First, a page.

The Dutch government, facing re-election, said on Friday it plans to draw up legislation "as soon as possible" banning burqas and other clothing that covers a person's entire face in public places.
"The Cabinet finds it undesirable that face-covering clothing, including the burqa is worn in public places for reasons of public order, security and protection of citizens," Immigration Minister Rita Verdonk said in a statement.
Basing the order on security concerns apparently was intended to respond to warnings that outlawing clothing like the burqa, could violate the constitutional guarantee against religious discrimination.
In the past, a majority of the Dutch parliament has said it would approve a ban on burqas, but opinion polls in advance of national elections next Wednesday suggested a shift to the left, and it is unclear if a majority in the new parliament would still back the ban.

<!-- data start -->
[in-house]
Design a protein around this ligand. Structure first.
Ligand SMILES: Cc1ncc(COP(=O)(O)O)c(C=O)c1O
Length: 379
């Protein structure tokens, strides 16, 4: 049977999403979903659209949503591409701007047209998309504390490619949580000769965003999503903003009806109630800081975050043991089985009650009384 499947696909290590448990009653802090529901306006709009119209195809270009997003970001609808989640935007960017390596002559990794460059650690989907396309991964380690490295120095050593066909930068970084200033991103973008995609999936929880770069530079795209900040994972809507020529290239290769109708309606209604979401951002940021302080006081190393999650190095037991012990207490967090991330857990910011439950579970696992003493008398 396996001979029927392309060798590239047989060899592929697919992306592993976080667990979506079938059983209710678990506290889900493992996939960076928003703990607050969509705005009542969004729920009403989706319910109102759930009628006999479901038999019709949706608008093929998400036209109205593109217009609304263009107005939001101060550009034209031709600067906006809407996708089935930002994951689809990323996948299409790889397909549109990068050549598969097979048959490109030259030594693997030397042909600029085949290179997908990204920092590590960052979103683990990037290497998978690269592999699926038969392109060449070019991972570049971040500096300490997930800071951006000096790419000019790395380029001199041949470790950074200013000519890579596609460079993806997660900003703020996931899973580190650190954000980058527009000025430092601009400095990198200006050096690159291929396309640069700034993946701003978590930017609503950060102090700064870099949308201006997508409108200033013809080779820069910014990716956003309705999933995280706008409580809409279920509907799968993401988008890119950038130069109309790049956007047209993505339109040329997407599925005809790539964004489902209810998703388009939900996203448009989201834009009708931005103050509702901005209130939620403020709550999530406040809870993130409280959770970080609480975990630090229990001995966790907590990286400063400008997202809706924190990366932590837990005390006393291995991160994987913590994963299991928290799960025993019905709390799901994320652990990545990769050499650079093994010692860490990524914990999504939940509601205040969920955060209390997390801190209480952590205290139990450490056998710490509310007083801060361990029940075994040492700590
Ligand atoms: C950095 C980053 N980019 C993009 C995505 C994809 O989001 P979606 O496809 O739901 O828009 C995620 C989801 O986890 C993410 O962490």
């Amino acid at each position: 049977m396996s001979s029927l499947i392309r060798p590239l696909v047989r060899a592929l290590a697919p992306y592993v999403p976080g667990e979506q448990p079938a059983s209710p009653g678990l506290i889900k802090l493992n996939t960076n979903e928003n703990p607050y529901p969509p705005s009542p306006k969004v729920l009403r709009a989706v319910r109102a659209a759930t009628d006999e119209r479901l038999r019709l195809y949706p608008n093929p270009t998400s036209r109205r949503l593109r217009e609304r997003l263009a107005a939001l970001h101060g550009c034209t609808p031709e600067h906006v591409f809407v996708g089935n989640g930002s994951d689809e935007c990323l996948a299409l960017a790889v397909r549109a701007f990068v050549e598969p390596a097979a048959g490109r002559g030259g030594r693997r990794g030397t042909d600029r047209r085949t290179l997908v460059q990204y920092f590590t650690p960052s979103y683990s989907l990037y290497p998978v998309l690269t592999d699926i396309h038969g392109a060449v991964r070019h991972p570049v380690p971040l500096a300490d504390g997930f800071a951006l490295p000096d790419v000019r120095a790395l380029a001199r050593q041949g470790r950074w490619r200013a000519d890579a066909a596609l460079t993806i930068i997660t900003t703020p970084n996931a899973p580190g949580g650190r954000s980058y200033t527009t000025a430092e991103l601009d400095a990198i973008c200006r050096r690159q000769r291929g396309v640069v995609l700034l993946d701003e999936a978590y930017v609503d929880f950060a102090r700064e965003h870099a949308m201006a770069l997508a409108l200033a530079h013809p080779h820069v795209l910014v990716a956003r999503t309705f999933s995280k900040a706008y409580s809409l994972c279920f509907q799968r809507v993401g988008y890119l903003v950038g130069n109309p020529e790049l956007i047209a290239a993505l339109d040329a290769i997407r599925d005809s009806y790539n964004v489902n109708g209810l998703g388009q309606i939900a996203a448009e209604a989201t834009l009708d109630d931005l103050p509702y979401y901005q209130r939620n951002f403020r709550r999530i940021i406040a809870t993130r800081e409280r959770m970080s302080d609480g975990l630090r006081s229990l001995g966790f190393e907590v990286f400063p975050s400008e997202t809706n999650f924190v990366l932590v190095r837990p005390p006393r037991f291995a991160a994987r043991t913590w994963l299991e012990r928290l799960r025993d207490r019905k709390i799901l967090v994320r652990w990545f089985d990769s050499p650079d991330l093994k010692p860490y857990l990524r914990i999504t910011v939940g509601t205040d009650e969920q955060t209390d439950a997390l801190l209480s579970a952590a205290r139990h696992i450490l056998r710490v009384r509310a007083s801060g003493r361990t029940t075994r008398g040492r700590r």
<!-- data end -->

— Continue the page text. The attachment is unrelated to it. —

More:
Once the Cabinet drafts a bill, it is sent to the 150-member legislature for enactment.
The main Dutch Muslim organization CMO has been critical of any possible ban. The idea was "an overreaction to a very marginal problem" because hardly any Dutch women wear burqas anyway, said Ayhan Tonca of the CMO. "It's just ridiculous."
Around 1 million Muslims live in the Netherlands, about 6 per cent of the 16 million population, but only a few hundred are believed to regularly wear a burqa.
After France banned the wearing of headscarves in public schools, the Dutch government decided to leave that question up to individual schools.